The main purpose of Randall is to serve as a cipher for Rick trying to keep his humanity when it's really a bad idea. He saves Randall without thinking things through. As a result he now has a new problem. They realize dropping Randall off in the middle of nowhere is almost crueler than killing him, but when it comes time Rick still can't do what's necessary and put a bullet in his head. And no doubt they're going to suffer because of that decision. The entire point of the storyline is to show that there's no place for humanity anymore, in the same way the Sophia storyline was there to prove there's really no hope left for them. It's about as black and dark a TV show as I've ever seen. Shane is the right man for the right time, but Rick doesn't want to become that man. And it's all because Carl is watching him - when at the end of the day he's teaching Carl exactly the wrong things too.
While it's an interesting view of the show, I don't really think that's what it's about. It's a morality play at it's heart and it's offering up both sides of the argument. You clearly think Shane is right. But I really don't think that's going to be the ultimate lesson of the show. Saving Randal in the first place was a bad call by Rick simply because it was a reckless endagerment of his life (along with Glenn and Herschel's). But I think it was made very clear that the kid had zero desire to go back to the group of people who left him to die. If he had, he would have let Rick and Shane drop him off, not said a damn word about knowing Maggie, and found his way back to his people and then led them to the farm.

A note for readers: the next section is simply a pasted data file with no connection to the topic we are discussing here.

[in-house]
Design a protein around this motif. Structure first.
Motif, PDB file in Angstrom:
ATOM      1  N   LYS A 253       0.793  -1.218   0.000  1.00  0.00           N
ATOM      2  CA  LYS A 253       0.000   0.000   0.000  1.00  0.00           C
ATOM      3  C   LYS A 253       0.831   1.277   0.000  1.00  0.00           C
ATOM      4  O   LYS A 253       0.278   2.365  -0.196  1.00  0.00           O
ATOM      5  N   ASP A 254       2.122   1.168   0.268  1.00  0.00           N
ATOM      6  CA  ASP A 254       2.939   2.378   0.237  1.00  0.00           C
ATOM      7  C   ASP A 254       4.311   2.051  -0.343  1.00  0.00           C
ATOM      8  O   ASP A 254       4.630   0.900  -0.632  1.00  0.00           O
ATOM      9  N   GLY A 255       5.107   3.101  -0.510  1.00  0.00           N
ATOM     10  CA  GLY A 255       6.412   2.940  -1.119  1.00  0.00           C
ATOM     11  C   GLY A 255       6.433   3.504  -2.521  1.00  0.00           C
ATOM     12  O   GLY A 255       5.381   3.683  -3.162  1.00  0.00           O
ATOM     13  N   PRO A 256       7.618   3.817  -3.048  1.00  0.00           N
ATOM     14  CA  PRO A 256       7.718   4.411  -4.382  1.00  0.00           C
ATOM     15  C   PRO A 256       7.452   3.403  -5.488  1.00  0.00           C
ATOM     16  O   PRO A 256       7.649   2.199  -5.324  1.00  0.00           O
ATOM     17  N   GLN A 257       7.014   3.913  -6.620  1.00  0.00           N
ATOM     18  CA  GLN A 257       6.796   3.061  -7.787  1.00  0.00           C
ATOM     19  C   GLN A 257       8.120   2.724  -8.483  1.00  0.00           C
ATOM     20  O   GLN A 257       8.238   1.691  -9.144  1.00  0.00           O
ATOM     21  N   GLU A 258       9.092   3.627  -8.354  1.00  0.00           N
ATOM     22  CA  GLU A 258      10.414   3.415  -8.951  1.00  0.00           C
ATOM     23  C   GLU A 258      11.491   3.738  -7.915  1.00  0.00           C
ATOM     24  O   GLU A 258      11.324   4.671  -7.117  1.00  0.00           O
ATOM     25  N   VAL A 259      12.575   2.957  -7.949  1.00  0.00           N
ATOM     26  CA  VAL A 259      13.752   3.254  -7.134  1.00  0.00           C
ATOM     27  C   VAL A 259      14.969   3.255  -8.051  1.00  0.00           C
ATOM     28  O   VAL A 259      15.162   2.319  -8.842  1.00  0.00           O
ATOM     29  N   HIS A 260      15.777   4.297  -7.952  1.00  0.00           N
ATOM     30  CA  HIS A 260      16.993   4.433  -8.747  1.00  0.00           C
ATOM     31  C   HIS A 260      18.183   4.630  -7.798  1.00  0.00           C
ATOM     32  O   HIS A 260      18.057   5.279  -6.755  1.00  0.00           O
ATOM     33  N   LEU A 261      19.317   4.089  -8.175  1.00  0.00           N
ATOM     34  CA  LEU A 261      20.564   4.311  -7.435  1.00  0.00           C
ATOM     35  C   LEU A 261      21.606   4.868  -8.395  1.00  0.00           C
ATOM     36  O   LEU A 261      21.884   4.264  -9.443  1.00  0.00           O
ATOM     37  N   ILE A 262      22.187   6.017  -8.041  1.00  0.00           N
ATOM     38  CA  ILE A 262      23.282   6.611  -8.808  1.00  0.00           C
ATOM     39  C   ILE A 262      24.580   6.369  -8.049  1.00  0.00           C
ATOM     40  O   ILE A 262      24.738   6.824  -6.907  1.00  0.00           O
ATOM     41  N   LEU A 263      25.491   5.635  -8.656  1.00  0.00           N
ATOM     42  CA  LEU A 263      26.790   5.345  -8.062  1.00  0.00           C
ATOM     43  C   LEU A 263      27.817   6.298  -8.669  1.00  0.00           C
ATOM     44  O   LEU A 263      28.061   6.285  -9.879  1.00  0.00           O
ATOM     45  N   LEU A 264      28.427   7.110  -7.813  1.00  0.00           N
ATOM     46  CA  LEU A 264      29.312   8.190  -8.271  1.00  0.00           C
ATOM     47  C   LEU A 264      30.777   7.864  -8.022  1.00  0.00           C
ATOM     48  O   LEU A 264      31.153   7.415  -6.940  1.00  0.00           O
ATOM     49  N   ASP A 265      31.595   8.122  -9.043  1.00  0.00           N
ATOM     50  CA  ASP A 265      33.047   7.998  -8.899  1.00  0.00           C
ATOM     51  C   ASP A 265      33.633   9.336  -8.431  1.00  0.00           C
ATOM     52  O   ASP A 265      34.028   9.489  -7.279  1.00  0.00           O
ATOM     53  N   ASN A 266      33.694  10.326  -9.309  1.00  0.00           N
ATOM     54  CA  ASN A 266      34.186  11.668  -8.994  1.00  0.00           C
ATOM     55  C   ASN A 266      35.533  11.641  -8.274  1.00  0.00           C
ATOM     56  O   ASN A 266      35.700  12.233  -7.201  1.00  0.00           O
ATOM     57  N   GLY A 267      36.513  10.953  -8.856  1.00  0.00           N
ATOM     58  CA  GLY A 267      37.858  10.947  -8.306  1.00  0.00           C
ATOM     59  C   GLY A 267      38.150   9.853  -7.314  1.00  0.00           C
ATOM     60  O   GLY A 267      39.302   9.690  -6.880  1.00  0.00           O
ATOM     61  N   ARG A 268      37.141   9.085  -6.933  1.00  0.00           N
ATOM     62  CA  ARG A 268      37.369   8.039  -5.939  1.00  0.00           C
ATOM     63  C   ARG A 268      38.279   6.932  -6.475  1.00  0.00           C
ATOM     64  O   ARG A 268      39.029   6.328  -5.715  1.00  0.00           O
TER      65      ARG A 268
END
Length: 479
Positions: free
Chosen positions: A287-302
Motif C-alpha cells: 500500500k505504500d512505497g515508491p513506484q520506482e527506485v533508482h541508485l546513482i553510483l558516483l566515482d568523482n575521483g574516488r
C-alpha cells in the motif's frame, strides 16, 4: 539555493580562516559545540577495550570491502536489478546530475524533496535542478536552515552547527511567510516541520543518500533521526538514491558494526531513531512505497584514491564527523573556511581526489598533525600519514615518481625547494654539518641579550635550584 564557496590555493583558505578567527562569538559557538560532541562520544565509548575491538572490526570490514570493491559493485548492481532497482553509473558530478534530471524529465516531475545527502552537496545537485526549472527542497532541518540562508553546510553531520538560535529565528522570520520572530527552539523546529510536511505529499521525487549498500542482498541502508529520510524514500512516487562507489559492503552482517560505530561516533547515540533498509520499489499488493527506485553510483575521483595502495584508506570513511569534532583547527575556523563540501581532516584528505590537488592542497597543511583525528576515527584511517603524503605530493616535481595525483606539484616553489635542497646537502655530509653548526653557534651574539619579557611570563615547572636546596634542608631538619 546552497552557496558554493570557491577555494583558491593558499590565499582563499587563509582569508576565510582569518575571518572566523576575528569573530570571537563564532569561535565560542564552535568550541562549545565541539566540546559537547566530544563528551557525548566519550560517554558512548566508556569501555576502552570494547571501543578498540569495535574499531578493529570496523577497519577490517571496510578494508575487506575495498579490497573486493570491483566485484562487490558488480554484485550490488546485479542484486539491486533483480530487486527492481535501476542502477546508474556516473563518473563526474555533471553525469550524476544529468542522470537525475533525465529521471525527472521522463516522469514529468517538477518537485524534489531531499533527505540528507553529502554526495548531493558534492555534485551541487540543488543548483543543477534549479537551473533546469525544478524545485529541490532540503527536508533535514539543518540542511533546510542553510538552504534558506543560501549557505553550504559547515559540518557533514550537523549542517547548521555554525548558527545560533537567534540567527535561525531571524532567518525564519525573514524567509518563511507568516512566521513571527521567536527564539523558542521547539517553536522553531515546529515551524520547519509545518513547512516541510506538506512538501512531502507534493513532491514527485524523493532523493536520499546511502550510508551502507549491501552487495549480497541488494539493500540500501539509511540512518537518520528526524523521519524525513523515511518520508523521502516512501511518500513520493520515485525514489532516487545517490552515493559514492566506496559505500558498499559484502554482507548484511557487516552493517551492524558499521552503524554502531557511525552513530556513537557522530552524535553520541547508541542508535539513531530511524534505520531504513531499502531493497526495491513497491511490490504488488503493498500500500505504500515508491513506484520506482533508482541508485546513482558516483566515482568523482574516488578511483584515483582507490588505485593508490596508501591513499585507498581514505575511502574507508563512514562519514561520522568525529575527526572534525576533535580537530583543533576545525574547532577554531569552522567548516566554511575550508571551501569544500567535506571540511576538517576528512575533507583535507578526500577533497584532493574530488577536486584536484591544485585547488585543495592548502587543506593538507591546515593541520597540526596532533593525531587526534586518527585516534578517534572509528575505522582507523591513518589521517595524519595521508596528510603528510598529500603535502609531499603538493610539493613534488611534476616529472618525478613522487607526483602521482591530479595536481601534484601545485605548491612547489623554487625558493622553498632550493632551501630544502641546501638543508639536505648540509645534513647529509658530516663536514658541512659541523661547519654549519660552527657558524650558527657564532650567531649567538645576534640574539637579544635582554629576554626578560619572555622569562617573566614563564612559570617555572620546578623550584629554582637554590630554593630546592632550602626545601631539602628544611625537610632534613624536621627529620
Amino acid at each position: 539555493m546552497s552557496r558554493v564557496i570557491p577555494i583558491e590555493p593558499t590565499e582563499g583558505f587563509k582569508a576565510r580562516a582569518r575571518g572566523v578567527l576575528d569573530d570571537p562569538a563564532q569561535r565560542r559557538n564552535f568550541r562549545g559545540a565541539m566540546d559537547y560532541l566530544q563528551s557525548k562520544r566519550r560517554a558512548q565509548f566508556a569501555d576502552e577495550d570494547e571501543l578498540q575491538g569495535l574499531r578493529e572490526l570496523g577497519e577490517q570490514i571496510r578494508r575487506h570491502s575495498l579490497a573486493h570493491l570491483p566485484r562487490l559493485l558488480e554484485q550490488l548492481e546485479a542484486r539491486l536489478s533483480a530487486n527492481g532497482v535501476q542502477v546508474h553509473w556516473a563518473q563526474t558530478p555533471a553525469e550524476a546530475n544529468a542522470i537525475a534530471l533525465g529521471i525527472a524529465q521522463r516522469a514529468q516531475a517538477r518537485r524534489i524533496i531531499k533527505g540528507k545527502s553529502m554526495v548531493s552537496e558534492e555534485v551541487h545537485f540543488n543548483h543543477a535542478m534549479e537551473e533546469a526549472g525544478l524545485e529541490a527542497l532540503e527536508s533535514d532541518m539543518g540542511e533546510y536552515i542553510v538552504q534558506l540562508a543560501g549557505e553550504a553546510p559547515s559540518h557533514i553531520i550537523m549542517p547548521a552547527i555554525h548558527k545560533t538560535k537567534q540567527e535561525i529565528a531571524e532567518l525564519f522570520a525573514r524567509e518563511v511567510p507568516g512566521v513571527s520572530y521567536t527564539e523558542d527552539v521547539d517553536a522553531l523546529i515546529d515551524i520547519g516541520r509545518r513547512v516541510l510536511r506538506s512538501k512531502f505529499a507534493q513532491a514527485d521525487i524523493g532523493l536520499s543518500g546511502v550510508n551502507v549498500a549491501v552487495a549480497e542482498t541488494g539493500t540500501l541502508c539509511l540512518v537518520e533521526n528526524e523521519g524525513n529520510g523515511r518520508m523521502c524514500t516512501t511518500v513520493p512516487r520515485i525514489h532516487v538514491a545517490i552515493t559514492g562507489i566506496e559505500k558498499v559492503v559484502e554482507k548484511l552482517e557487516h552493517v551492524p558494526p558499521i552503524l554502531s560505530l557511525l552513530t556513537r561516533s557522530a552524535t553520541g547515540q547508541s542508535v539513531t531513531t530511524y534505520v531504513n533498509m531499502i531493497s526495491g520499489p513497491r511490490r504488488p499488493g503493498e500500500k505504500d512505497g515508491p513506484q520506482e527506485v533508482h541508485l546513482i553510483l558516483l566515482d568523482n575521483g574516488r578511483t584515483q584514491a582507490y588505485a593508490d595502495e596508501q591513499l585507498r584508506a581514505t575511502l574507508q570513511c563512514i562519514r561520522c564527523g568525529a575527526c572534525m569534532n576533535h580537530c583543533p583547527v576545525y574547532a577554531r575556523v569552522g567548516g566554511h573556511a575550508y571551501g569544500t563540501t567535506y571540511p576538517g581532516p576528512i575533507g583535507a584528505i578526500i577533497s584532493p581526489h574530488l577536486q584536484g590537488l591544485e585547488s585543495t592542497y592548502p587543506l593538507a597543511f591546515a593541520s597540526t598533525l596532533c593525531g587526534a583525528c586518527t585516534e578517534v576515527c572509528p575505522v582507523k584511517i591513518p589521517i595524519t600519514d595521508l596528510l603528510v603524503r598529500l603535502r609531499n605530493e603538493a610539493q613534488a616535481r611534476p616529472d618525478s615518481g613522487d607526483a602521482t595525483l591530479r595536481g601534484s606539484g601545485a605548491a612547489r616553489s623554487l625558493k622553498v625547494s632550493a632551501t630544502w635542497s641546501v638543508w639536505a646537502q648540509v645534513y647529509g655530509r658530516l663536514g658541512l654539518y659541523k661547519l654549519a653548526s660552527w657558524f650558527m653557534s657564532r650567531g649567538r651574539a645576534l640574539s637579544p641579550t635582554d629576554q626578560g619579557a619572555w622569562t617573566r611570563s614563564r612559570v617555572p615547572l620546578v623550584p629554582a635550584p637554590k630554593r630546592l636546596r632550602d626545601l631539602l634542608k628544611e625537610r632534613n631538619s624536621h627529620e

If not putting a bullet in Randal's head comes back to bite them, it's going to be for one reason. Because after saving his life they proceeded to put him through physical and mental torture for several days/weeks. Which is a result of Rick losing his grip on his compassion and humanity and moving more towards Shane's way of thinking. If the Randal story has been about anything, I'd say it's about the group losing their footing and starting to fracture in the wake of Sophia's death. Rick saves this kid and instead of helping him mend and working to acclimate him to their group (something that probably would have been pretty easy for a lot of reasons), they tie him up, throw him in trunks, chain him in barns, beat the living crap out of him, threaten to kill him, put a gun to his head, etc. And as they are getting more and more reckless as a group, Carl is also getting reckless, wandering off into the woods and provoking zombies.
So yeah, basically I don't think that the ultimate moral of this story is that when everything goes to shit you have to abandon everything just to survive. It would be an interesting story, of course, but (and I know you've read the comics, Jim, but I'll use spoiler tags)